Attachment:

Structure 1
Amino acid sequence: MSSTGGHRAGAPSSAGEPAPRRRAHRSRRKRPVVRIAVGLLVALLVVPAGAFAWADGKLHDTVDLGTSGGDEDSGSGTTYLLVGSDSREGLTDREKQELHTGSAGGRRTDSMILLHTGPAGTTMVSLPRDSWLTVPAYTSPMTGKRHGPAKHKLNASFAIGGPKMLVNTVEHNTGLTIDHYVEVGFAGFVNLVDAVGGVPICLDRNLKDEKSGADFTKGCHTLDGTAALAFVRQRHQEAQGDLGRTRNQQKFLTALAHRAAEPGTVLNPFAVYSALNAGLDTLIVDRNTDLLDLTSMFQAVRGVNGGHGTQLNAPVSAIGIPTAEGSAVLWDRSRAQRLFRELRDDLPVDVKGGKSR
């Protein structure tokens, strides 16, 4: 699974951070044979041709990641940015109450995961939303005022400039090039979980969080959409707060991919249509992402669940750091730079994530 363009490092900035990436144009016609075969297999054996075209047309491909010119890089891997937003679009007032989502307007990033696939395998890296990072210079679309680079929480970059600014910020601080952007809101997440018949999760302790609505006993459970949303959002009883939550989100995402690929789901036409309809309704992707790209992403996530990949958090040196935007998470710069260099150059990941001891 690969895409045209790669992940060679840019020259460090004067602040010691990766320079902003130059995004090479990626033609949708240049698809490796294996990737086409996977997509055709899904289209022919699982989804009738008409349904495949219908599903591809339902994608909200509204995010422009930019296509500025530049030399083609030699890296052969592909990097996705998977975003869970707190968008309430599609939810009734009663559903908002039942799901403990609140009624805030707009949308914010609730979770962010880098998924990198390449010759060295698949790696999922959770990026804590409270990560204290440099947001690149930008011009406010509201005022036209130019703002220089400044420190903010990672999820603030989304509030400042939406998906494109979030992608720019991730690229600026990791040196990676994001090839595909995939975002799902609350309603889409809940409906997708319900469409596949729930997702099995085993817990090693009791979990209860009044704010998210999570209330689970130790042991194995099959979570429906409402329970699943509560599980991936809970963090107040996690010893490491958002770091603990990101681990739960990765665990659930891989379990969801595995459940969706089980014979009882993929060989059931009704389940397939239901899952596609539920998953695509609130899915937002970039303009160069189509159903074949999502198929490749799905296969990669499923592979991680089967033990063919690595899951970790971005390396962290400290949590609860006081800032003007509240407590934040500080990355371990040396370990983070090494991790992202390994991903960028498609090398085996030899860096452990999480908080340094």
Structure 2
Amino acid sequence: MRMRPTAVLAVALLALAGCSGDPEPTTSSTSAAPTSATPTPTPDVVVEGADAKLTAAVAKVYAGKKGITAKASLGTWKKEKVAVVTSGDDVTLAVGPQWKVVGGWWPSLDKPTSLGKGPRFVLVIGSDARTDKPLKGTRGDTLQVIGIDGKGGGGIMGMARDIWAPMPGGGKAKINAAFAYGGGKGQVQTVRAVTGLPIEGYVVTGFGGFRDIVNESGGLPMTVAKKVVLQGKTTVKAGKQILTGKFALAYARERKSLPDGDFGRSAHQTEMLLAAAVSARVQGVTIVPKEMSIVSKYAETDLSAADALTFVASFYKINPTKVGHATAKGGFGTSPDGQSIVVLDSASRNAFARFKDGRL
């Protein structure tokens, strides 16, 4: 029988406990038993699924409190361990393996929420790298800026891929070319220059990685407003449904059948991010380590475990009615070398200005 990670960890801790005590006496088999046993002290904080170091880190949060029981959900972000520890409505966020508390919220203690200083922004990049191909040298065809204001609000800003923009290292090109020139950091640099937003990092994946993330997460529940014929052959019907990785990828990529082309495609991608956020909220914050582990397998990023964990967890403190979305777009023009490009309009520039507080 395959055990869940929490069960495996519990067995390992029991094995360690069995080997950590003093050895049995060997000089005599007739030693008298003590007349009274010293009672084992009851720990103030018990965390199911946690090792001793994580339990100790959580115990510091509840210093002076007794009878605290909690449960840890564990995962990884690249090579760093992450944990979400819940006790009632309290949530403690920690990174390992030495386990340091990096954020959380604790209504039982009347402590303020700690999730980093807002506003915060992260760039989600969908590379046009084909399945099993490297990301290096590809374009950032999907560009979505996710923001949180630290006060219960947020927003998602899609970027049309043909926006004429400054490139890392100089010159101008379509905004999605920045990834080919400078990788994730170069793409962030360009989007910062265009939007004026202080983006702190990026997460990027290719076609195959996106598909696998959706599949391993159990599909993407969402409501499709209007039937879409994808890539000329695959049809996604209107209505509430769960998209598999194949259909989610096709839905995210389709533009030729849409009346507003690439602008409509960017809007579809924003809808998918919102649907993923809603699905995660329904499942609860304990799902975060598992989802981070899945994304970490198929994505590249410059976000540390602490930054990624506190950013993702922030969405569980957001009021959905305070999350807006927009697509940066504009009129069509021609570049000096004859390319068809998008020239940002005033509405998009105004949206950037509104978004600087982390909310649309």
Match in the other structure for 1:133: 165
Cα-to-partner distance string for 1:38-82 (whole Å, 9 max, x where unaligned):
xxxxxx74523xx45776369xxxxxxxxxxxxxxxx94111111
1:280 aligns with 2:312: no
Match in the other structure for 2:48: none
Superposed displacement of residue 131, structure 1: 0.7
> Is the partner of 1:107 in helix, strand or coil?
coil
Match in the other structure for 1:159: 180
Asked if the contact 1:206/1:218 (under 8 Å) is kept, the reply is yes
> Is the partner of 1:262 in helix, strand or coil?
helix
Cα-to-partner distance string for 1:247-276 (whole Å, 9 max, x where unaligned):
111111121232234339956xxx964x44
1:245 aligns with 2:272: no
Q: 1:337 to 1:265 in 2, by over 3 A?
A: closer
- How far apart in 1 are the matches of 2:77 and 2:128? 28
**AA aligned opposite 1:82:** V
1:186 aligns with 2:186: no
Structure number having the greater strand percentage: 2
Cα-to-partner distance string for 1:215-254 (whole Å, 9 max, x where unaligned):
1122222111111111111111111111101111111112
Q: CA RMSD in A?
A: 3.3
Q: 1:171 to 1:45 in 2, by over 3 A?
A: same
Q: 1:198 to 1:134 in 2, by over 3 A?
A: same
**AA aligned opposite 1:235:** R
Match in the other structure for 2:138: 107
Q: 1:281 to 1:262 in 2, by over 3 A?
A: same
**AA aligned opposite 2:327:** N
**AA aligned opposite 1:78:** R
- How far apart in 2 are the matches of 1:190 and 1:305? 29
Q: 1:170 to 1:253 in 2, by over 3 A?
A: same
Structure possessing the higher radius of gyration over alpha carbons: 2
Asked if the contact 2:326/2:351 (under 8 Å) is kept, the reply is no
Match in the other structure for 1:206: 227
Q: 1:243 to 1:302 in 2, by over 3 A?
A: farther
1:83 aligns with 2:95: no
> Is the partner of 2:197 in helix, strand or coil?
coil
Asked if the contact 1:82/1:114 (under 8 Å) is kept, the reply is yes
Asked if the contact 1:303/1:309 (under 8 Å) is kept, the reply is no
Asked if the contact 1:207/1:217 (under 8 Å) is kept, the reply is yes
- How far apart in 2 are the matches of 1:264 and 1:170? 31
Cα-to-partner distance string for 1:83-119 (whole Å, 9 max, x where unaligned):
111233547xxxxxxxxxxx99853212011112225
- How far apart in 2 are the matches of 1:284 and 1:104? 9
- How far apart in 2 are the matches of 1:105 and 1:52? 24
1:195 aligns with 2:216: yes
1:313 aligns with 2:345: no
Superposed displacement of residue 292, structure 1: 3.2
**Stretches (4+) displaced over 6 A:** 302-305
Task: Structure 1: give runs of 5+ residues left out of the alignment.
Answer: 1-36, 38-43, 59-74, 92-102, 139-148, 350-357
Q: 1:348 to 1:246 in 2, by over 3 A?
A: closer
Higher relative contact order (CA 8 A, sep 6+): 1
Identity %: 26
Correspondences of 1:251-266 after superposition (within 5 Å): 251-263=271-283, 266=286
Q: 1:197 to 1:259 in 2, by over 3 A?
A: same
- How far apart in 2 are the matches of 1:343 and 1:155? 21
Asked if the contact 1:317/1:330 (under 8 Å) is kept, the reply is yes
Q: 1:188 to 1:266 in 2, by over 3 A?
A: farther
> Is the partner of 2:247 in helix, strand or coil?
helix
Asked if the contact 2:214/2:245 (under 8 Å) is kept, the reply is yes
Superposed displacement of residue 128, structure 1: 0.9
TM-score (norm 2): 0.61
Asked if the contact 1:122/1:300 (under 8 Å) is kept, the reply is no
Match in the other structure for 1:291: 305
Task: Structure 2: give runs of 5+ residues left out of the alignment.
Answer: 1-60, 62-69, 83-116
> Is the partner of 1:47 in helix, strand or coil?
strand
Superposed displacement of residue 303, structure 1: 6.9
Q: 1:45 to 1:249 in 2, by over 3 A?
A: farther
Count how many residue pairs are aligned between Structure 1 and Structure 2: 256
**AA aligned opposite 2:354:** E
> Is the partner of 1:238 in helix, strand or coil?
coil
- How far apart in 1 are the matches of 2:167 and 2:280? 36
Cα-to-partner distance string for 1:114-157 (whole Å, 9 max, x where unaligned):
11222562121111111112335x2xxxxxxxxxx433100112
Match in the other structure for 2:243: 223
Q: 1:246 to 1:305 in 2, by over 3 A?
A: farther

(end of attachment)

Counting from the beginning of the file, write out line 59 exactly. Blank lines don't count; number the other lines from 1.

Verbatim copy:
- How far apart in 2 are the matches of 1:284 and 1:104? 9